Mac App Store

You may already know that there is a ‘Mac App Store’ similar to the ‘App Store’ on iOS. It’s a wonderful experience, eliminating the need to worry about: - serial numbers - credit card security - malware However, it comes at a price. Apps in the Mac App Store have to be reviewed by Apple before they can be put up for sale, or updated. This can lead to updates being held waiting for approval or apps never getting approved. Mac App Store apps can also have less features than the web version because Apple requires all apps to be ’sandboxed,’ which is not possible for all apps. The Mac App Store also doesn’t allow you to try before you buy, but in some cases developers put a trial version up on their site. However, if you plan on using iCloud, Apples cloud service, only apps from the Mac App Store are allowed to use it.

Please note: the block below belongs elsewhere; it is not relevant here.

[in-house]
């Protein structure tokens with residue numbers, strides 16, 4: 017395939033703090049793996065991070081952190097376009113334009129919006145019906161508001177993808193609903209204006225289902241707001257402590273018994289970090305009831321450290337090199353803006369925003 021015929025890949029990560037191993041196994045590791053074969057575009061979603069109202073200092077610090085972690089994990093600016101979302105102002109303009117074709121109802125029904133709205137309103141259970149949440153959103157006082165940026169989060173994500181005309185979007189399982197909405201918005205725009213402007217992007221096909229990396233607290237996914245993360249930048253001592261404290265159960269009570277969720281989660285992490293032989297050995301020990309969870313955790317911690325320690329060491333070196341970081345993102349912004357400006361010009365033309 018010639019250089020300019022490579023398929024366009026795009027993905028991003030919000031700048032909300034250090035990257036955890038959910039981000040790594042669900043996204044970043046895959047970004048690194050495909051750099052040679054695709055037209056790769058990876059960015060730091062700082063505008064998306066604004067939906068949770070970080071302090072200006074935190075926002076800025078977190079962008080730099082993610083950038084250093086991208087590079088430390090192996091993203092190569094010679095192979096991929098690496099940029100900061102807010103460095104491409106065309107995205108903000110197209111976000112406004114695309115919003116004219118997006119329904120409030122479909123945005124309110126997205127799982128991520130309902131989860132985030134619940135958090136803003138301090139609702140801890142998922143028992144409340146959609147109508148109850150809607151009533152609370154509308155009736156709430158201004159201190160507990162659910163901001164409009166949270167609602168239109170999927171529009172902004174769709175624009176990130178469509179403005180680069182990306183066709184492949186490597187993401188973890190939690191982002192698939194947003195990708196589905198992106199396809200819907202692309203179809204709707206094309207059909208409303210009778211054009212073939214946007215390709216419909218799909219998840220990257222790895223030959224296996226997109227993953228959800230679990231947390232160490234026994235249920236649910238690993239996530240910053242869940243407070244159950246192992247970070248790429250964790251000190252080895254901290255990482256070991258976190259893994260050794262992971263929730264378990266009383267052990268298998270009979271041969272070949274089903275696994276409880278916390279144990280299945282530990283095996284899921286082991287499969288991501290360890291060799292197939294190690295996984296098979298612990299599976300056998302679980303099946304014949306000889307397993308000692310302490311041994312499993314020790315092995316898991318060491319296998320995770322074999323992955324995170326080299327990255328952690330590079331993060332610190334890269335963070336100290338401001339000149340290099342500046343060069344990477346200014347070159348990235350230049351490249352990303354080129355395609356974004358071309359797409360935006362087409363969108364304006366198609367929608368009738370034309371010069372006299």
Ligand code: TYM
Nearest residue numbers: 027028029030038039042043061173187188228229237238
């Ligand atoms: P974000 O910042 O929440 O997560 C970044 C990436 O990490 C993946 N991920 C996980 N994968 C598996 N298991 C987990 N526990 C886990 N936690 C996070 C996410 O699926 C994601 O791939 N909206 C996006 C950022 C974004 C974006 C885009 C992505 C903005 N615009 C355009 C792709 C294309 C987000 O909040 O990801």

So Where Should You Get Your Apps From?

It really depends on your needs. Here are the advantages to buying from the Mac App Store:

  • Security
  • You don’t have to enter in credit card data.
  • All apps are malware free.
  • One app won’t be able to mess up your Mac because of sandboxing.
  • Easy To Use
  • No software serial numbers
  • It’s all available in one place
  • You can easily re-download your apps on your other Macs from one place.


  • No demo’s
  • Slower updates
  • Possibly less features than the web version
  • If an app is deleted from the store you may not be able to download it again. (Though you can back them up to an external hard-drive.)
  • Apple takes 30% of everything sold, so developers get less money.

Advantages to buying from the web:

  • Faster updates
  • Possibly more features
  • Developers get more money


  • Keeping track of serial numbers